In December 1916 General Robert Nivelle was appointed Commander-in-Chief of the French armies fighting the Germans on the Western Front. He had enjoyed a meteoric rise to high command and public acclaim since the beginning of the war - he was a national hero. In return, he proclaimed he 'had the formula' that would ensure victory and end the conflict in 1917. But his offensive was a bloody and humiliating failure for France, one that could have opened the way for French defeat. This is the subject of David Murphy's penetrating, in-depth study of one of the key events in the history of the Great War. He describes how Nivelle, a highly intelligent and articulate officer, used his charm to win the support of French and British politicians, but also how he was vain and boastful and displayed no sense of operational security. By the opening of the campaign, his plan was an open secret and he had lost the ability to critically assess the operation as it developed. The result was disaster.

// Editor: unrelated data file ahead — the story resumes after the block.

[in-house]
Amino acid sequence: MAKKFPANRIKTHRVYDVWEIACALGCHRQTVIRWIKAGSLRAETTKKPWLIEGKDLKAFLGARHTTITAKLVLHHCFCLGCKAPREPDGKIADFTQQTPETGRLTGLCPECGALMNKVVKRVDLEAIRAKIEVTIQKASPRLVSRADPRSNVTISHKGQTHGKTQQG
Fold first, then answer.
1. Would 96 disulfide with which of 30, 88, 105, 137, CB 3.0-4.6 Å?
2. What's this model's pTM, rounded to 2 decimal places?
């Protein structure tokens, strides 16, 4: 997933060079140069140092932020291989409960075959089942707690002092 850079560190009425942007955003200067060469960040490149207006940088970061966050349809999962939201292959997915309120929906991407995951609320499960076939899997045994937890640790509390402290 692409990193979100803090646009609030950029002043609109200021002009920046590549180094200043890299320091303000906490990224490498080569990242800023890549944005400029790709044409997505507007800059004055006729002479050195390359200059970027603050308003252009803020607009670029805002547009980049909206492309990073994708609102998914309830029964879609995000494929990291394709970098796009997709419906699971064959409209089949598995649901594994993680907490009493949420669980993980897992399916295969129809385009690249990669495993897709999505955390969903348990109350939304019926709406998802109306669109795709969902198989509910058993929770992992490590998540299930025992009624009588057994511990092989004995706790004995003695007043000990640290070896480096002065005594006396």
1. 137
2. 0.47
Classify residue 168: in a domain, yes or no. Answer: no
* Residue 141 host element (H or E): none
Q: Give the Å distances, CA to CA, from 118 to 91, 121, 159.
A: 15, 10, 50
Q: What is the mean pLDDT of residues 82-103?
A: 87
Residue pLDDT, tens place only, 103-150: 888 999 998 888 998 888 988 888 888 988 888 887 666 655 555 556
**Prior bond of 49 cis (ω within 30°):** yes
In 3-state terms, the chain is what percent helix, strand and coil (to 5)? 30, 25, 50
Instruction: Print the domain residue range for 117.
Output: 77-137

DAVID MURPHY lectures in military history and strategic studies at Maynooth University, Ireland. He was a major contributor to the Royal Irish Academy's Dictionary of Irish Biography, and has taught at University College, Dublin and Trinity College, Dublin. He became the first Irish scholar to be awarded a fellowship to the West Point Summer Seminar in Military History. He has lectured at West Point, at the US Army Command and Staff College. His publications include Lawrence of Arabia, The Arab Revol, The Irish Brigades, 1685-2006: A Gazetteer of Irish Military Service Past and Present, Irish Regiments in the World Wars, Condottiere, 1300-1500: Infamous Medieval Mercenaries, The Arctic Fox: The Life of Admiral Sir Francis Leopold McClintock, and Ireland and the Crimean War.